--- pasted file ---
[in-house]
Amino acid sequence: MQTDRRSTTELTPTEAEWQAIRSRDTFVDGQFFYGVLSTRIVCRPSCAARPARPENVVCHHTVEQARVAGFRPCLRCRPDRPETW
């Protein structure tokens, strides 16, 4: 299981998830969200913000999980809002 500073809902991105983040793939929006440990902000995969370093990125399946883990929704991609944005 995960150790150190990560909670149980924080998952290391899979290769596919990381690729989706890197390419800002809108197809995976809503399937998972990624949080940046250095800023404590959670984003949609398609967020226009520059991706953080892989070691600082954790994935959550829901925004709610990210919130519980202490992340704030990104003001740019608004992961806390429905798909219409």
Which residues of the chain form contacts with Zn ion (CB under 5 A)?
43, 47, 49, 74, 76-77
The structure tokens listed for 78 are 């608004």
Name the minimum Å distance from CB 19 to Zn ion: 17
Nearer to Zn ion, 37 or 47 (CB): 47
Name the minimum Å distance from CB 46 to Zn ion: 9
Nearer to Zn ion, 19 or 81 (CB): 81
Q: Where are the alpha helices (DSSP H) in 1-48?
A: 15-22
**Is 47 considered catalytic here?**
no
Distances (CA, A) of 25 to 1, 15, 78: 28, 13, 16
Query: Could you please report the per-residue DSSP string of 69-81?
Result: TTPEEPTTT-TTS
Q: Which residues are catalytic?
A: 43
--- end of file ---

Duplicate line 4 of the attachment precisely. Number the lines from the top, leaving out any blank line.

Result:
Which residues of the chain form contacts with Zn ion (CB under 5 A)?